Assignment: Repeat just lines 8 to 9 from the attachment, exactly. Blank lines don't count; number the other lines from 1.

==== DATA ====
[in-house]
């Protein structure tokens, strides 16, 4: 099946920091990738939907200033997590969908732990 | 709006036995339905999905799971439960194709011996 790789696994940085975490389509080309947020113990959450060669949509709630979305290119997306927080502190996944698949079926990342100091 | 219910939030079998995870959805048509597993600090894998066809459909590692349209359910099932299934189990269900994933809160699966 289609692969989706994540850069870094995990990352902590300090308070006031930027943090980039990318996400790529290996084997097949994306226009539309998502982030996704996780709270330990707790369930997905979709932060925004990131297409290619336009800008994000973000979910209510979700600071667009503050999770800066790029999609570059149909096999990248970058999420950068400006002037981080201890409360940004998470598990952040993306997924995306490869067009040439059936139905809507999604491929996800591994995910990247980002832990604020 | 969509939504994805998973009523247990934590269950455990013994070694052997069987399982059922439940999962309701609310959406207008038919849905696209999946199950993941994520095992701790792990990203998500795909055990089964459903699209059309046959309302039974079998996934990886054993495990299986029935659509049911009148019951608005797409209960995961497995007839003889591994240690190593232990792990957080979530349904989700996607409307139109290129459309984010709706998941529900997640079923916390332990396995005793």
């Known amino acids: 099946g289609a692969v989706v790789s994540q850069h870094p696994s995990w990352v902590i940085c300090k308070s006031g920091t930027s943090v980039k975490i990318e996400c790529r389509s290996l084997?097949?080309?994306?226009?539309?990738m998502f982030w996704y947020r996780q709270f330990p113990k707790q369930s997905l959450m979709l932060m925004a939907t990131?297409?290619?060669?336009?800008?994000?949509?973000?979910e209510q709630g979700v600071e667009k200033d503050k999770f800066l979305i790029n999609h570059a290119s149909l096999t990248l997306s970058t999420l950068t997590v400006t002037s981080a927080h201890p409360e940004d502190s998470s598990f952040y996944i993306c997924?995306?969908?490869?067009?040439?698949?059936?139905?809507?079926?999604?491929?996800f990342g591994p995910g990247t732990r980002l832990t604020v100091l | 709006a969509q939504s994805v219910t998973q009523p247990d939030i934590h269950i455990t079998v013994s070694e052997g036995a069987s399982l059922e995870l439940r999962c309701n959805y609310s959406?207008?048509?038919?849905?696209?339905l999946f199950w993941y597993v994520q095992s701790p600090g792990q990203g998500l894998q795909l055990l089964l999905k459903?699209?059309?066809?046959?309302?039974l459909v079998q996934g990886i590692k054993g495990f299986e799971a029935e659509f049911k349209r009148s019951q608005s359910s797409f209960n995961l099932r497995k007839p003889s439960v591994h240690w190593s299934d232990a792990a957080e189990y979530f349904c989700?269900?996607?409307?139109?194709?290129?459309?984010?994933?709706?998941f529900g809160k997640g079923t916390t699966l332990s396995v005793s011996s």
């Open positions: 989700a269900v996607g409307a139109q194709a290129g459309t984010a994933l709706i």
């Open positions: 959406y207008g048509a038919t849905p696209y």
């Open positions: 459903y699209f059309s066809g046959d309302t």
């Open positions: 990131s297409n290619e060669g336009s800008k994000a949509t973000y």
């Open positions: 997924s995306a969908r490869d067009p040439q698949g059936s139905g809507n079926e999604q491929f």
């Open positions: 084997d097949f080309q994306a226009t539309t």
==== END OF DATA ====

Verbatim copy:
């Open positions: 997924s995306a969908r490869d067009p040439q698949g059936s139905g809507n079926e999604q491929f």
């Open positions: 084997d097949f080309q994306a226009t539309t």